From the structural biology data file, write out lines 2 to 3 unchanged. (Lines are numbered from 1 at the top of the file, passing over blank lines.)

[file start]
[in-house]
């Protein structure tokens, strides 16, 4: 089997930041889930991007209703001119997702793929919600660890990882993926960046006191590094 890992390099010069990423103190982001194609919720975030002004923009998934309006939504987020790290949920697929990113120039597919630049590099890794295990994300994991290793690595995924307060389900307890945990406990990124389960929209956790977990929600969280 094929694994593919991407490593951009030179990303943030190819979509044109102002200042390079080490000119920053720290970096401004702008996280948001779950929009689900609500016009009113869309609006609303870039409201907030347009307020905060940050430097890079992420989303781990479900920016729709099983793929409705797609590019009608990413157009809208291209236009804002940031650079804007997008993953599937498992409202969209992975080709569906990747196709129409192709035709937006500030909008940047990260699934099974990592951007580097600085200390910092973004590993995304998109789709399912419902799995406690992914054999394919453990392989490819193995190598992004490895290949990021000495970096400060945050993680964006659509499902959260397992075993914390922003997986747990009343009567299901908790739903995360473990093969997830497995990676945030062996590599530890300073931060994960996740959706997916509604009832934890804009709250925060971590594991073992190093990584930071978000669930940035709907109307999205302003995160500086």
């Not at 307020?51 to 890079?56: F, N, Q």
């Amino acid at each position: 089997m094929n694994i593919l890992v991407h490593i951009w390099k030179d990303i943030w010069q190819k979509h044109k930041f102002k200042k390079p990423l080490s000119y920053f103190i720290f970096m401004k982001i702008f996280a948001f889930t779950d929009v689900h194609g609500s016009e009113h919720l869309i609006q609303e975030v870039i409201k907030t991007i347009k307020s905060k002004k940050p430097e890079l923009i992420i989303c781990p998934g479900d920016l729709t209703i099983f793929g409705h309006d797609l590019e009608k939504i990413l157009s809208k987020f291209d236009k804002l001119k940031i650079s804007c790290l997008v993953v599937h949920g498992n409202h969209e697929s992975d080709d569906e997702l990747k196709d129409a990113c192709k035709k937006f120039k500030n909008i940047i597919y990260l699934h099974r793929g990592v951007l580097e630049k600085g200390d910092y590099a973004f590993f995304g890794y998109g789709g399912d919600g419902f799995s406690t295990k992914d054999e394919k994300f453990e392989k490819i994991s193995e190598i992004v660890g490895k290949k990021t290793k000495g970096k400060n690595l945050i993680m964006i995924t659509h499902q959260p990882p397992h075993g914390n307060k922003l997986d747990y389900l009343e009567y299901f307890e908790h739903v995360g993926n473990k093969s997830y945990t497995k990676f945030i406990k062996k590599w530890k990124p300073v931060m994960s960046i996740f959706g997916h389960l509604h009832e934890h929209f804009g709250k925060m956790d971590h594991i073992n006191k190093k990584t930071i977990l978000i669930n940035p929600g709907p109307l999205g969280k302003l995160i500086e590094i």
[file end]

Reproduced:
């Protein structure tokens, strides 16, 4: 089997930041889930991007209703001119997702793929919600660890990882993926960046006191590094 890992390099010069990423103190982001194609919720975030002004923009998934309006939504987020790290949920697929990113120039597919630049590099890794295990994300994991290793690595995924307060389900307890945990406990990124389960929209956790977990929600969280 094929694994593919991407490593951009030179990303943030190819979509044109102002200042390079080490000119920053720290970096401004702008996280948001779950929009689900609500016009009113869309609006609303870039409201907030347009307020905060940050430097890079992420989303781990479900920016729709099983793929409705797609590019009608990413157009809208291209236009804002940031650079804007997008993953599937498992409202969209992975080709569906990747196709129409192709035709937006500030909008940047990260699934099974990592951007580097600085200390910092973004590993995304998109789709399912419902799995406690992914054999394919453990392989490819193995190598992004490895290949990021000495970096400060945050993680964006659509499902959260397992075993914390922003997986747990009343009567299901908790739903995360473990093969997830497995990676945030062996590599530890300073931060994960996740959706997916509604009832934890804009709250925060971590594991073992190093990584930071978000669930940035709907109307999205302003995160500086």
């Not at 307020?51 to 890079?56: F, N, Q």